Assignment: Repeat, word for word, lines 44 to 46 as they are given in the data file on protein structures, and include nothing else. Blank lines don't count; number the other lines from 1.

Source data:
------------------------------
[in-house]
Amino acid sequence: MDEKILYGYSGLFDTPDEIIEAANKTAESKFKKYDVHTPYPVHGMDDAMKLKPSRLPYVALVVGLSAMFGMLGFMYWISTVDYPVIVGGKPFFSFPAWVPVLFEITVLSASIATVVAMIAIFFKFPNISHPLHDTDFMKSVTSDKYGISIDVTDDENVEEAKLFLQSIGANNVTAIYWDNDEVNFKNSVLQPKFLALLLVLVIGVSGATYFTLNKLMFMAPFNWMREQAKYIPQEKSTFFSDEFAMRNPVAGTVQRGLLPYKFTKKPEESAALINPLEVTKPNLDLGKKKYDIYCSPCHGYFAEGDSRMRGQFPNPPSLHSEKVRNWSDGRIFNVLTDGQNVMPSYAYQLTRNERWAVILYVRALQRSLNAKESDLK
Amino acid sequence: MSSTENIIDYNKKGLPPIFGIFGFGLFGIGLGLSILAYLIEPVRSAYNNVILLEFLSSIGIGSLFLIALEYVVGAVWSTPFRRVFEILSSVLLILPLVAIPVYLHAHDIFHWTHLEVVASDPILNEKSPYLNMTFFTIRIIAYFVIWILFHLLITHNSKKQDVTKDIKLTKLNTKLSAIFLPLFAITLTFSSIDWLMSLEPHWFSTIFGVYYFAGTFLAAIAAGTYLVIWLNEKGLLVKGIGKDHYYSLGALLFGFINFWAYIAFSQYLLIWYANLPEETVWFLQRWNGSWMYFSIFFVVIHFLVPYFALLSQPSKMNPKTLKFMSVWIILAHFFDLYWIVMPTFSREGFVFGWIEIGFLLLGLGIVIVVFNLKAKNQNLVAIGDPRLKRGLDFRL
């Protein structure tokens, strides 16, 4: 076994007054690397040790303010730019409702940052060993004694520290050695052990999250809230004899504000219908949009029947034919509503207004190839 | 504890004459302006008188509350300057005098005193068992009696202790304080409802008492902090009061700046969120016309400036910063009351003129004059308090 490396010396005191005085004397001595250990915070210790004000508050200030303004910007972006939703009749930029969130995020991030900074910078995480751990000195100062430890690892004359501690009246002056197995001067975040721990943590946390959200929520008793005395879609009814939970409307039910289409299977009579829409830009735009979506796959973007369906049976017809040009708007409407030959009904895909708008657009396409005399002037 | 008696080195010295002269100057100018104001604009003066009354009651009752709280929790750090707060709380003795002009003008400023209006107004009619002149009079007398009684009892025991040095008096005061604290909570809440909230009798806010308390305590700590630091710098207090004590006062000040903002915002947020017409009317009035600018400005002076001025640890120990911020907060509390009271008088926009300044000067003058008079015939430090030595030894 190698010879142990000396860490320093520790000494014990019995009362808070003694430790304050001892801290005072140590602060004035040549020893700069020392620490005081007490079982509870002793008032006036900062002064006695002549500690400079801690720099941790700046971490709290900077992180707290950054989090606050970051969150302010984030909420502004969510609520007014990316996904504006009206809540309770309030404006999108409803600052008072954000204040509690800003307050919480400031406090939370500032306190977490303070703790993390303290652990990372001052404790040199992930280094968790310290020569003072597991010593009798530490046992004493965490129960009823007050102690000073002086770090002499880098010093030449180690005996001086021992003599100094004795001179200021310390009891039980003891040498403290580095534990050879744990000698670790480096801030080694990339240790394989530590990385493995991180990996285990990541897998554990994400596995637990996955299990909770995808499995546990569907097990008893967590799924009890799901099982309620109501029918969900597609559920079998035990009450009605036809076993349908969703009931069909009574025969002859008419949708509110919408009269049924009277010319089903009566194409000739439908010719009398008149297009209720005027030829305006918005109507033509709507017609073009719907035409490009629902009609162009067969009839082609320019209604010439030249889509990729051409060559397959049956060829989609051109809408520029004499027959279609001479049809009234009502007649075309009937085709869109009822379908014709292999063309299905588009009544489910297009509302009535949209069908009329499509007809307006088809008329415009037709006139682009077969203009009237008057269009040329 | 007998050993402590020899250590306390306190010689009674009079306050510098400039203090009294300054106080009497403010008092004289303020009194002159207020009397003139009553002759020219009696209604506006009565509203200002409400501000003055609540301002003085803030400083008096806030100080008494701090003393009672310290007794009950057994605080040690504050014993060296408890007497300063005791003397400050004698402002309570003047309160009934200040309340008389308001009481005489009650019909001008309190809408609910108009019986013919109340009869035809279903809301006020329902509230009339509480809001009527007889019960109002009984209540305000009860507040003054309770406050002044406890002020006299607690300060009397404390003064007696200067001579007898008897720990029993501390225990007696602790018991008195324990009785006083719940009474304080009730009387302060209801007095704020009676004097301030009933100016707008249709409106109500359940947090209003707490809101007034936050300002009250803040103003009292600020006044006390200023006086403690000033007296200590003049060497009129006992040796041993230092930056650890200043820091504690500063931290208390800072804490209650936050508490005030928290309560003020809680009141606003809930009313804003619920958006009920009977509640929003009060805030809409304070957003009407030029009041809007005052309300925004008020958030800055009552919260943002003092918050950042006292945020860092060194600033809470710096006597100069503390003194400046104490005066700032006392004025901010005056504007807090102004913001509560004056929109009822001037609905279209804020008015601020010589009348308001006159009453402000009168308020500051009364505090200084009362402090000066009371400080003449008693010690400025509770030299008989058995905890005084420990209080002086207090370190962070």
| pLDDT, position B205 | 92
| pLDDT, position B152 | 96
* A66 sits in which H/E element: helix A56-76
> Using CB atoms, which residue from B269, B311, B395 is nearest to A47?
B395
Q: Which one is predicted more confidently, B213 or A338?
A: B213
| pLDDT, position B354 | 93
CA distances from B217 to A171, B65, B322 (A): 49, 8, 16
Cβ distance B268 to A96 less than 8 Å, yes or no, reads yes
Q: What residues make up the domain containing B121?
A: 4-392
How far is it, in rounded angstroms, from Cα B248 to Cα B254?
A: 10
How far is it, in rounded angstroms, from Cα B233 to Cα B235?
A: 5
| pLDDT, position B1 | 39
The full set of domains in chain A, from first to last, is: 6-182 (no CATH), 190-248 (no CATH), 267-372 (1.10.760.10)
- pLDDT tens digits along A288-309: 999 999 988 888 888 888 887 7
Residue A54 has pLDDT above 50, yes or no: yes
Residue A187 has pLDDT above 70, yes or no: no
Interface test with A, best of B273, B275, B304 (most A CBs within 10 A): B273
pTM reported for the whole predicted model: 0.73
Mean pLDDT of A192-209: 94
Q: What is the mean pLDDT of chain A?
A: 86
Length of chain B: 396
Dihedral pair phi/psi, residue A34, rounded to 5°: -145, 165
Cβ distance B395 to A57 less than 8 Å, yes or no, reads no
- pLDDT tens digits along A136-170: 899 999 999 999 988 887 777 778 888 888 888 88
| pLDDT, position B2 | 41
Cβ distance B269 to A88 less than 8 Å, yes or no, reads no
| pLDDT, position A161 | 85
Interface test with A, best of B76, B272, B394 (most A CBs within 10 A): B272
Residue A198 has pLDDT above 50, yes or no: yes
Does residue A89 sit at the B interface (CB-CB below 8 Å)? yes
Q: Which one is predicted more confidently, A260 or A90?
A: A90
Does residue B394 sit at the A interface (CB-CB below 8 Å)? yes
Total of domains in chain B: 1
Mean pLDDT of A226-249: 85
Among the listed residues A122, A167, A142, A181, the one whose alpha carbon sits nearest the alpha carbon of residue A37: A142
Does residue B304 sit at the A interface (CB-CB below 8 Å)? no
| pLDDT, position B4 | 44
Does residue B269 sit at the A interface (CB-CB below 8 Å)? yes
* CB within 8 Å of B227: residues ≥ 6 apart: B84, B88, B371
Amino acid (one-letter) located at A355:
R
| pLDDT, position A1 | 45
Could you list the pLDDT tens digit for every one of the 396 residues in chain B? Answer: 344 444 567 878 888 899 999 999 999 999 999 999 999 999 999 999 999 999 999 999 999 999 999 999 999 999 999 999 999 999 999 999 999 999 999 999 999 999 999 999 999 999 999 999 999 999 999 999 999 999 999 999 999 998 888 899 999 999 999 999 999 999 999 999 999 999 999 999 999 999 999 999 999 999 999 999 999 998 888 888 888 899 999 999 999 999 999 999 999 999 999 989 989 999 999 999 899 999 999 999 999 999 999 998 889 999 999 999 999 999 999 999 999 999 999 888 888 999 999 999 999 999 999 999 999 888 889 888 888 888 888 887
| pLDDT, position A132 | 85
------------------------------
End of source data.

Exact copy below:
Total of domains in chain B: 1
Mean pLDDT of A226-249: 85
Among the listed residues A122, A167, A142, A181, the one whose alpha carbon sits nearest the alpha carbon of residue A37: A142